- 15kg Jackhammer: This jackhammer is the most common choice for contractors. The little bit of extra weight comes with increased joules at 33.8. This is enough to break up concrete footings around fence posts, concrete slabs up to approx 100mm thick (with pre-cutting using a demolition saw) and stubborn rocks found in the ground when landscaping.
- 30kg Jackhammer: This jackhammer is heavy but it has the biggest punch at 63 joules. This is used for concrete slabs thicker than 100mm (again with pre-cutting using a demolition saw) for solids rocks such as granite or really, really hard ground such as roadways. This electric jackhammer is on par with air powered jackhammers.
Hire the Right Tools for the Job
In order to complete your job in a reasonable time frame with no more effort than is necessary, it’s really important that you use professional-grade equipment such as the items listed above which are all available from Centenary Hire.
If you hire from Centenary Hire, the team on the Hire Desk are available to answer your questions and ensure you have all the information you need to achieve maximum impact. Once you have the right equipment, all that’s left to do is follow the instructions and use some good old fashioned elbow grease.
Copyright Centenary Hire 2015. All Rights Reserved. This article may not be used without consent from the author. See below for more details.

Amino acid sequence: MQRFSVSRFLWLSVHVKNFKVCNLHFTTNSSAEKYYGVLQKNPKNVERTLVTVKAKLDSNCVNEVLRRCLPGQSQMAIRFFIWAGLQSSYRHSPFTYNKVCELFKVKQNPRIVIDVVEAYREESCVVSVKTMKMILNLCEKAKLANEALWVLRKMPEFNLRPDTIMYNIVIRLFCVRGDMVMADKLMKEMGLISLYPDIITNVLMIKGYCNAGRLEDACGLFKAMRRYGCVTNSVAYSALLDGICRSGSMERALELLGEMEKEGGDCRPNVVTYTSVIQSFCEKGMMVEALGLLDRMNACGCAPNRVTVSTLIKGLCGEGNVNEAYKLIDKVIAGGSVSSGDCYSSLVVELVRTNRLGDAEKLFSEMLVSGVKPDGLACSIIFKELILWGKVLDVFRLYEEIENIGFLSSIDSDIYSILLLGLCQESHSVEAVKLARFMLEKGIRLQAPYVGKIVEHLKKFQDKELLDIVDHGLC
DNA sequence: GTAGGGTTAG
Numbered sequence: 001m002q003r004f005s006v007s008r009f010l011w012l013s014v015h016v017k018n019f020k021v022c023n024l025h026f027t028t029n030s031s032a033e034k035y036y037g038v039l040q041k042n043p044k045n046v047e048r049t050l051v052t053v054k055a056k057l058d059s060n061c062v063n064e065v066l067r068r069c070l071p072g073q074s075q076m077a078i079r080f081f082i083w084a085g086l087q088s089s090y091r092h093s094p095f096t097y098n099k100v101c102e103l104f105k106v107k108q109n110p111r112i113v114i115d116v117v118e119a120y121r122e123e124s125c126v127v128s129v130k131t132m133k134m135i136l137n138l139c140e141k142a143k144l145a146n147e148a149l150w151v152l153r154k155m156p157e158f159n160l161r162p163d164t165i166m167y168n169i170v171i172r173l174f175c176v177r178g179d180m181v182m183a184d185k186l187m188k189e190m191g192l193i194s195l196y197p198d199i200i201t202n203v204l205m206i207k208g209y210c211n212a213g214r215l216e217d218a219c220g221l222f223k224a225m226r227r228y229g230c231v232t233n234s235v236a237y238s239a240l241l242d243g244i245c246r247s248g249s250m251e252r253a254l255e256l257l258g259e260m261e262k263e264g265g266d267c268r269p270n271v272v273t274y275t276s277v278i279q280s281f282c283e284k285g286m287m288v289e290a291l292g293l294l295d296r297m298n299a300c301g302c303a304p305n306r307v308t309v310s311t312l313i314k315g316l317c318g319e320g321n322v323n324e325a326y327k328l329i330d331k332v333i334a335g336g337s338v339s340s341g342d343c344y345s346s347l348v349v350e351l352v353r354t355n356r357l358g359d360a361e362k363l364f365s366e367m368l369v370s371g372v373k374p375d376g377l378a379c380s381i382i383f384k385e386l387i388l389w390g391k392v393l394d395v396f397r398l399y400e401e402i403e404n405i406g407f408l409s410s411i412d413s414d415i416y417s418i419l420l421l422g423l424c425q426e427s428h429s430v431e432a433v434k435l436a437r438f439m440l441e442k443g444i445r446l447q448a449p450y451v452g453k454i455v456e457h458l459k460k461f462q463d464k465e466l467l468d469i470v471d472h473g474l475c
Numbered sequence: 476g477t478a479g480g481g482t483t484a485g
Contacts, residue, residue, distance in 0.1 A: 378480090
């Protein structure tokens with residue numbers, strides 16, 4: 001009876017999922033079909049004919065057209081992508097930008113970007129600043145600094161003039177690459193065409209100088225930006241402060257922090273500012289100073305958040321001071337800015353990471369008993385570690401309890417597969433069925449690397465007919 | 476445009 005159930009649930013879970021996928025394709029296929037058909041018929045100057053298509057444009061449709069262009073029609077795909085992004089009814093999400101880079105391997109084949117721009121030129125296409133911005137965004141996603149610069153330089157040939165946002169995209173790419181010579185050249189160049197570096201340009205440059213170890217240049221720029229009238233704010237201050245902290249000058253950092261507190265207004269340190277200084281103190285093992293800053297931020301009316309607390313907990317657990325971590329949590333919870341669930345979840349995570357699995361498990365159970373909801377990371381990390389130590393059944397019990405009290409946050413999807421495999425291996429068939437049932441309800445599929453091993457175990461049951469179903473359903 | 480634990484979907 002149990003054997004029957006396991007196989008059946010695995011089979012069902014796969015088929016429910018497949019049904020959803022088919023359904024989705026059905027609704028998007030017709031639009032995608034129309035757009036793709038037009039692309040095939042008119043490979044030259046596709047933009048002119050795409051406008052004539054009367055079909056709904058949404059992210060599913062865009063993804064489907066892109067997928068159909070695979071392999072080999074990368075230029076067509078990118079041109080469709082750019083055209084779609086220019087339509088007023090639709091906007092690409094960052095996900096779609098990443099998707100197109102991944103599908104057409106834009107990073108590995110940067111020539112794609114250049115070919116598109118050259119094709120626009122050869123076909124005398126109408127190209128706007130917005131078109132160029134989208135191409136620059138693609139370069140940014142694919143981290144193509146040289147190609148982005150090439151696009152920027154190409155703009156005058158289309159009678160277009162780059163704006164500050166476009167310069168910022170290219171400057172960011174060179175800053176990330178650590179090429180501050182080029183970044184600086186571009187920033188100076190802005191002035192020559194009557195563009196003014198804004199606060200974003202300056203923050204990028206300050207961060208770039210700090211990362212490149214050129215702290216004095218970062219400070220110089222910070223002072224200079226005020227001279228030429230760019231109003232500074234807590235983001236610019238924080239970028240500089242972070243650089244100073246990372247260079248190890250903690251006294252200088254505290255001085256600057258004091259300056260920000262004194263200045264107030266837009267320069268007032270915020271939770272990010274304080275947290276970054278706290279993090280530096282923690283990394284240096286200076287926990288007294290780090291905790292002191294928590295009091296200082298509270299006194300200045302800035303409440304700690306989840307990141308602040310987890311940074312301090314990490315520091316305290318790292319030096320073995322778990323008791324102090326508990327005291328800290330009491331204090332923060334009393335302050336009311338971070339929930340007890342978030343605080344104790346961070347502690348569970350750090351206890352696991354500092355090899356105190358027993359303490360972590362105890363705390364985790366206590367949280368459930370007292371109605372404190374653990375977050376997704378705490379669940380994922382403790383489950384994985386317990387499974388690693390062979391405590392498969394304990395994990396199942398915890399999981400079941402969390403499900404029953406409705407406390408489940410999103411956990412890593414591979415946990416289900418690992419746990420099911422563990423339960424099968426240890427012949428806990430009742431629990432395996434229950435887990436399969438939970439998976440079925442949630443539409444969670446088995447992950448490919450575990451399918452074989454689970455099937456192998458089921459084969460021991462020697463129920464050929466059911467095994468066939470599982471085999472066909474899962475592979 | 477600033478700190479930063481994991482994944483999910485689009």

DO YOU WANT TO USE THIS ARTICLE IN YOUR NEWSLETTER OR WEBSITE? You can, as long as you include the following text in its entirety:
Centenary Hire is a Tradesmen & Weekend Warrior’s best friend. Our ever increasing range of hire equipment consists of modern tools, machinery, scaffold, access equipment and site services all of which are aimed at helping you get the job done right – the first time. Our friendly staff can help you to choose the right equipment for your project or you can view & book your equipment online now at www.CentenaryHire.com.au. Drop into our store at Sumner Park or request an equipment delivery as our efficient transport service extends well beyond the limits of Brisbane on a daily basis.